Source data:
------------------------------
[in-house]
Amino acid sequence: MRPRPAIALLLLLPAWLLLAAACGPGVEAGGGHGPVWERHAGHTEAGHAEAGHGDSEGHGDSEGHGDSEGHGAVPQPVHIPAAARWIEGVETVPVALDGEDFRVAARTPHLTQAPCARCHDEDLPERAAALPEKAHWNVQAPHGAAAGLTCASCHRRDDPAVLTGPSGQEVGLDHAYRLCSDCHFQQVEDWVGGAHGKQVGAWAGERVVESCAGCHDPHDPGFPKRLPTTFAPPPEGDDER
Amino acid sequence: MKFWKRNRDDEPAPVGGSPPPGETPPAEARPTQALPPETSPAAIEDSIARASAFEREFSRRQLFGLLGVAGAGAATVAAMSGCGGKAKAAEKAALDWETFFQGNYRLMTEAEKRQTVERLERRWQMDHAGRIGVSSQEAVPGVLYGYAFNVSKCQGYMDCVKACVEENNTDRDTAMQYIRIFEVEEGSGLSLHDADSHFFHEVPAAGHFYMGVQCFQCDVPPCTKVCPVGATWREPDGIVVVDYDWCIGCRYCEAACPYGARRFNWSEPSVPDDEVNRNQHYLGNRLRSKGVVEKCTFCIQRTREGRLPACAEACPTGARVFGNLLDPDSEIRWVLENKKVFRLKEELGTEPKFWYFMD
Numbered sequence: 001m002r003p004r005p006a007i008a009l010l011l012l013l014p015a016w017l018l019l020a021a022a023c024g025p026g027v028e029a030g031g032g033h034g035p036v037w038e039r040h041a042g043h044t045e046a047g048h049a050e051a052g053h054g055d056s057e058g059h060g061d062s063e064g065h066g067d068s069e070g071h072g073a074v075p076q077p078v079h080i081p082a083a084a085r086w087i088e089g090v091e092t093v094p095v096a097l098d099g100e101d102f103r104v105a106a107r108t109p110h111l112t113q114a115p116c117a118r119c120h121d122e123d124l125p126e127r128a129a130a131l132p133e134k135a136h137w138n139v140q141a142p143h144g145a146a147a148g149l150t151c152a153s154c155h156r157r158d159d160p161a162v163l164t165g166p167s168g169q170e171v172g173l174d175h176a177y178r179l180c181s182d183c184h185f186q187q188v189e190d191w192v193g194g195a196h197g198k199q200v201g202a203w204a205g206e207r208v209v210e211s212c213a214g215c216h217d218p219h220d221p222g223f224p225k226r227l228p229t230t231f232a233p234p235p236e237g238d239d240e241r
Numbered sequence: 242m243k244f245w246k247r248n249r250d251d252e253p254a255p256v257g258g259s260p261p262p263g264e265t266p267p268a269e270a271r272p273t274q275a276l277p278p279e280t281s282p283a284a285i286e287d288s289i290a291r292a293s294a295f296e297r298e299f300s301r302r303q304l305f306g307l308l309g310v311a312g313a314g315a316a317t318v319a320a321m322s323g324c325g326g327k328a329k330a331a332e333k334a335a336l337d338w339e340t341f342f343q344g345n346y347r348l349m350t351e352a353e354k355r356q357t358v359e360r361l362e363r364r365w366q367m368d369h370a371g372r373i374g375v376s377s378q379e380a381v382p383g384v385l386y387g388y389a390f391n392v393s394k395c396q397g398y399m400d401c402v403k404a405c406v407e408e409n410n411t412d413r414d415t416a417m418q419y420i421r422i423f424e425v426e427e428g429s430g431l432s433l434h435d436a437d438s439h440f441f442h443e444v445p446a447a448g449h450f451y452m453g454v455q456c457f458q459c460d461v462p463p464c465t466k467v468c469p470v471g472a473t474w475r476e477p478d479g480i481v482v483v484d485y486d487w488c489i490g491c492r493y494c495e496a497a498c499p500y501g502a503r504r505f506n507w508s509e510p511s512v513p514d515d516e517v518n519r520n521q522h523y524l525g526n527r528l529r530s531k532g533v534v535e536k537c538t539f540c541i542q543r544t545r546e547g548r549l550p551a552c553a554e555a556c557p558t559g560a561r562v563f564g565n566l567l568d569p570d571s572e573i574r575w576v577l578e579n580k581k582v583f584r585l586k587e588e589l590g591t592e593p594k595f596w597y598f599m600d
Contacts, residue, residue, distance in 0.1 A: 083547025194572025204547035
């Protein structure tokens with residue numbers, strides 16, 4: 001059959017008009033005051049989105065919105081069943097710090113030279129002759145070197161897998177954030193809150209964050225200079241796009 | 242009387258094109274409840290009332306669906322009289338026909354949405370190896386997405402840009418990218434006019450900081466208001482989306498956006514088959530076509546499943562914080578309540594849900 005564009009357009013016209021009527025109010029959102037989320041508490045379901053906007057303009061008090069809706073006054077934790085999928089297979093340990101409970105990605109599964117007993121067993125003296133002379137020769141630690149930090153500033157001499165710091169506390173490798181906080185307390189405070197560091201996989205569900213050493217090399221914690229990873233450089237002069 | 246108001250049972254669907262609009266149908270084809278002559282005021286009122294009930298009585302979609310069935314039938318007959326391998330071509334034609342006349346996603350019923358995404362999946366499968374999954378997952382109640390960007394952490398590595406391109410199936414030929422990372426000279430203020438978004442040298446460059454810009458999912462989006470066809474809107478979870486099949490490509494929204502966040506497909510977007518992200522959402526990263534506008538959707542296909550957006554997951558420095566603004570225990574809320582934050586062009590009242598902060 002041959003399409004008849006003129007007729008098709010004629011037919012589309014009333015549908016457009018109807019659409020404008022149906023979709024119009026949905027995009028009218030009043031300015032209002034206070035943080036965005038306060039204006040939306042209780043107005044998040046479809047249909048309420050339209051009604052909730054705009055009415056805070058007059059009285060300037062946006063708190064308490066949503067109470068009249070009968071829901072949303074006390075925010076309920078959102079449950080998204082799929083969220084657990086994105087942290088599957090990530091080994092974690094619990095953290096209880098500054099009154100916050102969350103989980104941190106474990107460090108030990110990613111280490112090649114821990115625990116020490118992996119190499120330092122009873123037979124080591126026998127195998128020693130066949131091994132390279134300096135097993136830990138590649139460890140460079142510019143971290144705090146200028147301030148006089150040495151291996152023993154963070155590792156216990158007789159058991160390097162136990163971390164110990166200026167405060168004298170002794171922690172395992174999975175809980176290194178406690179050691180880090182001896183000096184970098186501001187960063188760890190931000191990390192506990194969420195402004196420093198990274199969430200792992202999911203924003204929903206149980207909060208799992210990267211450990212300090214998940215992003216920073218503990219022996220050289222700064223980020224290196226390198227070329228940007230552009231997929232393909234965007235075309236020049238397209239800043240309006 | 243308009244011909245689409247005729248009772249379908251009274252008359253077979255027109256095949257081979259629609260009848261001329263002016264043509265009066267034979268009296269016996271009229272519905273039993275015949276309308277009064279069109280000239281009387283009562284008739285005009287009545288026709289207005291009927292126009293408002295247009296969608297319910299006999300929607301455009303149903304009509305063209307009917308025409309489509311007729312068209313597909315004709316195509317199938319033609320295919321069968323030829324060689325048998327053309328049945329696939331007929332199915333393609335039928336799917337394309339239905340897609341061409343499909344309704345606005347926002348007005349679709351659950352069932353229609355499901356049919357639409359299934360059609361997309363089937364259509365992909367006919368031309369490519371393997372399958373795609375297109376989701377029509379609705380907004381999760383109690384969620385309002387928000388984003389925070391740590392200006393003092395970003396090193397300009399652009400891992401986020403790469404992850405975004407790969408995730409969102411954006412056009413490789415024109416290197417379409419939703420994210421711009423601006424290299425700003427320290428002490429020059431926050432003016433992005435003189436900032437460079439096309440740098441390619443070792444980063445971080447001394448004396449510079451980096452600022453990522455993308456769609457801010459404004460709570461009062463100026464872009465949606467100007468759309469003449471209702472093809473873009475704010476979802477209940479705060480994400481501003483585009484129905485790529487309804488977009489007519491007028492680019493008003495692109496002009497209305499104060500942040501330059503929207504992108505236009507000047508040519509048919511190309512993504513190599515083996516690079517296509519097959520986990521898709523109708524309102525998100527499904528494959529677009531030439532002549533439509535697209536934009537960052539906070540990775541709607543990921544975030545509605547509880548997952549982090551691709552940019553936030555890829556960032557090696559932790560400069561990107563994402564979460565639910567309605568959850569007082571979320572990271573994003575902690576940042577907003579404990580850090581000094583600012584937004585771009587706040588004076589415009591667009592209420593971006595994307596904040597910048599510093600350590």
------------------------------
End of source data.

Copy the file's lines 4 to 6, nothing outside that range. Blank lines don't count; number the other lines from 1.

Numbered sequence: 001m002r003p004r005p006a007i008a009l010l011l012l013l014p015a016w017l018l019l020a021a022a023c024g025p026g027v028e029a030g031g032g033h034g035p036v037w038e039r040h041a042g043h044t045e046a047g048h049a050e051a052g053h054g055d056s057e058g059h060g061d062s063e064g065h066g067d068s069e070g071h072g073a074v075p076q077p078v079h080i081p082a083a084a085r086w087i088e089g090v091e092t093v094p095v096a097l098d099g100e101d102f103r104v105a106a107r108t109p110h111l112t113q114a115p116c117a118r119c120h121d122e123d124l125p126e127r128a129a130a131l132p133e134k135a136h137w138n139v140q141a142p143h144g145a146a147a148g149l150t151c152a153s154c155h156r157r158d159d160p161a162v163l164t165g166p167s168g169q170e171v172g173l174d175h176a177y178r179l180c181s182d183c184h185f186q187q188v189e190d191w192v193g194g195a196h197g198k199q200v201g202a203w204a205g206e207r208v209v210e211s212c213a214g215c216h217d218p219h220d221p222g223f224p225k226r227l228p229t230t231f232a233p234p235p236e237g238d239d240e241r
Numbered sequence: 242m243k244f245w246k247r248n249r250d251d252e253p254a255p256v257g258g259s260p261p262p263g264e265t266p267p268a269e270a271r272p273t274q275a276l277p278p279e280t281s282p283a284a285i286e287d288s289i290a291r292a293s294a295f296e297r298e299f300s301r302r303q304l305f306g307l308l309g310v311a312g313a314g315a316a317t318v319a320a321m322s323g324c325g326g327k328a329k330a331a332e333k334a335a336l337d338w339e340t341f342f343q344g345n346y347r348l349m350t351e352a353e354k355r356q357t358v359e360r361l362e363r364r365w366q367m368d369h370a371g372r373i374g375v376s377s378q379e380a381v382p383g384v385l386y387g388y389a390f391n392v393s394k395c396q397g398y399m400d401c402v403k404a405c406v407e408e409n410n411t412d413r414d415t416a417m418q419y420i421r422i423f424e425v426e427e428g429s430g431l432s433l434h435d436a437d438s439h440f441f442h443e444v445p446a447a448g449h450f451y452m453g454v455q456c457f458q459c460d461v462p463p464c465t466k467v468c469p470v471g472a473t474w475r476e477p478d479g480i481v482v483v484d485y486d487w488c489i490g491c492r493y494c495e496a497a498c499p500y501g502a503r504r505f506n507w508s509e510p511s512v513p514d515d516e517v518n519r520n521q522h523y524l525g526n527r528l529r530s531k532g533v534v535e536k537c538t539f540c541i542q543r544t545r546e547g548r549l550p551a552c553a554e555a556c557p558t559g560a561r562v563f564g565n566l567l568d569p570d571s572e573i574r575w576v577l578e579n580k581k582v583f584r585l586k587e588e589l590g591t592e593p594k595f596w597y598f599m600d
Contacts, residue, residue, distance in 0.1 A: 083547025194572025204547035